By Marie Mannes
(Reuters) - Volvo Cars expects lower wholesale volumes this year after higher costs brought a fall in third-quarter operating profit, the Swedish automaker said on Thursday, prompting its share price to drop 6%.
While manufacturing output continued to improve in the quarter, the pace of normalisation was slowed by power outages and lockdowns in China related to COVID-19, it said.
The Gothenburg-based company now expects 2022 wholesale volumes to be "slightly lower" than the year before, down from a previous forecast for better wholesale volumes than in 2021.
Volvo said it had been forced to make spot purchases of semiconductors to fill a production shortfall, with its operating profit hurt by logistics and raw material costs.
Despite robust demand through the year, a global shortage of semiconductors has forced Volvo and its peers to curtail vehicle output. Only this week, the shortage led it to shut one of its Swedish factories for a week.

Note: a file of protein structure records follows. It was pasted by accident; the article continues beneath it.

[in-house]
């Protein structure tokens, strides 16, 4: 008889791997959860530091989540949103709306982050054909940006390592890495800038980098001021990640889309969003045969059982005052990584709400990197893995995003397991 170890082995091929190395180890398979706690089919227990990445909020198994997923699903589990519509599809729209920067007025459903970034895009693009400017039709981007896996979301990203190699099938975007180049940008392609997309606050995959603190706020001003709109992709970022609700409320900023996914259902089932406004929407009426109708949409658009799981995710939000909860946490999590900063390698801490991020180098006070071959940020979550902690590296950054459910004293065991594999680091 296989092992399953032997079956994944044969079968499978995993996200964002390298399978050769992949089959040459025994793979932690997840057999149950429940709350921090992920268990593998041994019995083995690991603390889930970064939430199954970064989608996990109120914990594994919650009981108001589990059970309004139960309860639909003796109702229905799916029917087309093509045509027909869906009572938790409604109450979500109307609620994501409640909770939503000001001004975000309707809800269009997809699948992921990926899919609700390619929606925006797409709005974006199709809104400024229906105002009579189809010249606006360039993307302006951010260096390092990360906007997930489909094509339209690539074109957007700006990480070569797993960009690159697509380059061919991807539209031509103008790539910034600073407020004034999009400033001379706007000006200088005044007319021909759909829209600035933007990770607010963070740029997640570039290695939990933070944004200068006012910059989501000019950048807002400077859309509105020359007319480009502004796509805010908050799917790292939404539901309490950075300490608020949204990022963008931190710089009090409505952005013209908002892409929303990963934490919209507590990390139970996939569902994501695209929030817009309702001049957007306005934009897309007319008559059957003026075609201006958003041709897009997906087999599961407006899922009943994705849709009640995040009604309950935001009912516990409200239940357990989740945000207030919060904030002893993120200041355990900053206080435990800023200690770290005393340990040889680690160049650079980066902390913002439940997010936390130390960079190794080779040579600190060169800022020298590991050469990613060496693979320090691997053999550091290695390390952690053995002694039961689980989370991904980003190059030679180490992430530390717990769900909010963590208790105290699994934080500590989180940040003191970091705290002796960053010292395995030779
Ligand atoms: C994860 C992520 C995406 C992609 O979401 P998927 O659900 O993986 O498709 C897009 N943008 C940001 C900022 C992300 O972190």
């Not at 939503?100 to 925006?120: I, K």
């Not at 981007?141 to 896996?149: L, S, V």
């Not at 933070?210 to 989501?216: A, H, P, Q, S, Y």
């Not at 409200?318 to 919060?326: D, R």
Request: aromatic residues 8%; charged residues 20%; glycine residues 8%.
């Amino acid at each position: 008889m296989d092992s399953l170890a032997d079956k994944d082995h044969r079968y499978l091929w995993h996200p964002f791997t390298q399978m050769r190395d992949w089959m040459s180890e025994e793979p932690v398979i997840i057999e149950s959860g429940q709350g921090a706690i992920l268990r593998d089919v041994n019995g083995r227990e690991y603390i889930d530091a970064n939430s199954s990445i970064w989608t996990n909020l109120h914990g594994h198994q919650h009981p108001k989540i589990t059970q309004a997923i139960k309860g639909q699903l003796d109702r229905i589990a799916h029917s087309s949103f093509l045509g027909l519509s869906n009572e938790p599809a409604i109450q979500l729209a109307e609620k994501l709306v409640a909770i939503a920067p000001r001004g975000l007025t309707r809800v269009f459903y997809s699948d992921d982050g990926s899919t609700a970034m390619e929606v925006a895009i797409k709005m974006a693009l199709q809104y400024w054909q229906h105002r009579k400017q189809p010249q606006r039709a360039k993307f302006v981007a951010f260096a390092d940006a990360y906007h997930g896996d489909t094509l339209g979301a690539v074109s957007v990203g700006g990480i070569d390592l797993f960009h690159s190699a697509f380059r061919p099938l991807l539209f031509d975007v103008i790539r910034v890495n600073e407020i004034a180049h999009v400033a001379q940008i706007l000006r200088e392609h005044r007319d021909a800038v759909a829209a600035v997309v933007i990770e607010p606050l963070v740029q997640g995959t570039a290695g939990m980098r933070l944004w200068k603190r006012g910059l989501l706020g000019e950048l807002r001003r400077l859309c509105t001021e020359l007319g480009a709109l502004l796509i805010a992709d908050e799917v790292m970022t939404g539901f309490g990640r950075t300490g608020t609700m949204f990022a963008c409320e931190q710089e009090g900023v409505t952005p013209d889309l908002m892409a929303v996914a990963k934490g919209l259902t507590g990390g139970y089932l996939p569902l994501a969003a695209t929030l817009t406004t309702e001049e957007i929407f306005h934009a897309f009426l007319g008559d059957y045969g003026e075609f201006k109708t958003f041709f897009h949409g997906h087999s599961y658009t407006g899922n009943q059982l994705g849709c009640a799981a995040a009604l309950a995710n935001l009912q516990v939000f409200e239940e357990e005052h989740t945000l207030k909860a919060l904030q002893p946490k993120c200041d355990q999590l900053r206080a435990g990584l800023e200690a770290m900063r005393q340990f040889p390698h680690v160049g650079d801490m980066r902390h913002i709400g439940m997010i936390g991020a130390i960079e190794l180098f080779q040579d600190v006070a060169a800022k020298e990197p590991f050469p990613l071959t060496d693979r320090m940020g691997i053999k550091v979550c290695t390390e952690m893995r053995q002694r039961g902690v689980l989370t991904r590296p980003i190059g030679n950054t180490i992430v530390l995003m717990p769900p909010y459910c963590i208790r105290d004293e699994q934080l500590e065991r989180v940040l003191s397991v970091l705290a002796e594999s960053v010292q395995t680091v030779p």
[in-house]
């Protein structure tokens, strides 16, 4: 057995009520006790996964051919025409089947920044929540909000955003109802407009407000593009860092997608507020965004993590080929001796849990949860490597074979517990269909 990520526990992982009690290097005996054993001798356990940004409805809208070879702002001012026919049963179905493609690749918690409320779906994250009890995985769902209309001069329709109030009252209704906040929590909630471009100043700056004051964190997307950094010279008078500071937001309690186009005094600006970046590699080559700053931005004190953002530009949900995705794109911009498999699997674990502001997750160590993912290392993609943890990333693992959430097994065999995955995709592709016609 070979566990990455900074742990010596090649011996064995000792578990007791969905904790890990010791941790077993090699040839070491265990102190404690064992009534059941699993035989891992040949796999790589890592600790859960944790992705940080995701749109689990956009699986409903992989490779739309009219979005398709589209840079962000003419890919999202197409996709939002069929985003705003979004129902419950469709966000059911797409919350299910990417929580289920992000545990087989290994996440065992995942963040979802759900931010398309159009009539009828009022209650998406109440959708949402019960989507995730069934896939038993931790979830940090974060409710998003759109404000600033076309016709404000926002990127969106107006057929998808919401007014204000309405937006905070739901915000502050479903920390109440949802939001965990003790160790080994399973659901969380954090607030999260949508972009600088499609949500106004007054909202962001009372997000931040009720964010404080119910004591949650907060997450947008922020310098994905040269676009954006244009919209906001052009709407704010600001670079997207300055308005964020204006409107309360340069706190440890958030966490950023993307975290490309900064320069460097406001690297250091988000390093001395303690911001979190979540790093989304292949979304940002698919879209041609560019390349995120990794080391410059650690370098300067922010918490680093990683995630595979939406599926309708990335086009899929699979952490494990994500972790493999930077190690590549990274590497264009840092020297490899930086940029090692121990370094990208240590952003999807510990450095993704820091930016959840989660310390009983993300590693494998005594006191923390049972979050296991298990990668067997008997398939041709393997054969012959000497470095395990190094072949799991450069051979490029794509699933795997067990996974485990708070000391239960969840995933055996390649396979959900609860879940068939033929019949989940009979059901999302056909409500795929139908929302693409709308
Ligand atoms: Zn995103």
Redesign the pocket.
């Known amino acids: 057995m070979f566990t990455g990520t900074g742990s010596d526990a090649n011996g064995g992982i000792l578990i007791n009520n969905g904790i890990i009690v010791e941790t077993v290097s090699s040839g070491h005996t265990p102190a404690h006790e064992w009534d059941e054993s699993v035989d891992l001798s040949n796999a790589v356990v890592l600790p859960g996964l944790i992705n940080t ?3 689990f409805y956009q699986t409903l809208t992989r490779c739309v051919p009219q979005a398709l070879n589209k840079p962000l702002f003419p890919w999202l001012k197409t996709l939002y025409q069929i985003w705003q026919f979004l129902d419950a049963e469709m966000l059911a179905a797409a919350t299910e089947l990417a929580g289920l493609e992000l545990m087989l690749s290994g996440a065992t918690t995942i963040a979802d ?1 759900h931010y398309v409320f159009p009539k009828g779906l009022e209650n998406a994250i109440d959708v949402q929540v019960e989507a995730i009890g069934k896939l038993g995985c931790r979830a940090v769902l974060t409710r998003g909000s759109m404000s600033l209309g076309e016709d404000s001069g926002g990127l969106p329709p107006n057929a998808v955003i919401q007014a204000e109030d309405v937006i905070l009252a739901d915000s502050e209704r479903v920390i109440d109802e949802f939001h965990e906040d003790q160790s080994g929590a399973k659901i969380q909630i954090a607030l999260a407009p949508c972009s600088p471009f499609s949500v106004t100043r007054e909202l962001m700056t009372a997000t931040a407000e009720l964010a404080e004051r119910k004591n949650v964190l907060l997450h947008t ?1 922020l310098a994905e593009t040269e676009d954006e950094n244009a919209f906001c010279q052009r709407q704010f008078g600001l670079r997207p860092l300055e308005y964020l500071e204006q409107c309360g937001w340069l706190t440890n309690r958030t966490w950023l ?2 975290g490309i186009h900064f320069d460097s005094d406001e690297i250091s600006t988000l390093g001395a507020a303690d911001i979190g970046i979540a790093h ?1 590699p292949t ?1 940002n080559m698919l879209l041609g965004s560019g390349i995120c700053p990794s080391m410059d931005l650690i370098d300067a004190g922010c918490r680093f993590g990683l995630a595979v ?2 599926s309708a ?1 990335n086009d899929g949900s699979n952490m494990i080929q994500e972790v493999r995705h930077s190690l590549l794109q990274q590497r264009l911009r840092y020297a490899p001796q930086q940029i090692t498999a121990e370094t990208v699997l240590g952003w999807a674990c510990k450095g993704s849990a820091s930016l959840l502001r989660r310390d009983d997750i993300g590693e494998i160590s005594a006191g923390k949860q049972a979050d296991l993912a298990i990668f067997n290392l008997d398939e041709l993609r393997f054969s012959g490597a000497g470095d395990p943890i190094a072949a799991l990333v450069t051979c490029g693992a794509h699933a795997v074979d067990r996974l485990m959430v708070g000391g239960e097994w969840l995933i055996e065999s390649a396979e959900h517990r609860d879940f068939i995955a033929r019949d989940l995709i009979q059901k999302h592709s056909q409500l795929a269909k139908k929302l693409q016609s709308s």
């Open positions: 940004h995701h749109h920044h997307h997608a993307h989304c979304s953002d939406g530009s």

In a conference call with analysts, chief financial officer Johan Ekdahl said the firm believed prices of lithium, used for batteries, were now at a peak and expected to fall.
Ekdahl added that Volvo would see additional pricing increases in the fourth quarter and next year, because of a long order book, despite price increases earlier in the year.
Volvo shares were trading down 6% by 1014 GMT.
Stockholm-listed Volvo, majority owned by Chinese automotive company Geely Holding, said its quarterly operating profit fell to 2.1 billion Swedish crowns ($193.41 million) from 3.3 billion a year ago.
The company aims for half its sales to be pure electric cars by the middle of the decade, amid an industrywide shift in which auto suppliers have to shoulder extra costs while already squeezed by rampant inflation and soaring energy prices.
In its quarterly report, the carmarker reaffirmed its goals.
Chief Executive Jim Rowan told Reuters that keeping up work towards electrification was important, despite mounting challenges.
"It can be easy to be distracted and not focus on your long term sustainability goals," Rowan said, adding that he believed it was possible to find sustainable solutions without hurting profit.
($1=10.8579 Swedish crowns)
(Reporting by Marie Mannes; Additional reporting by Agnieszka Gosciak; Editing by Ana Nicolaci da Costa and Clarence Fernandez)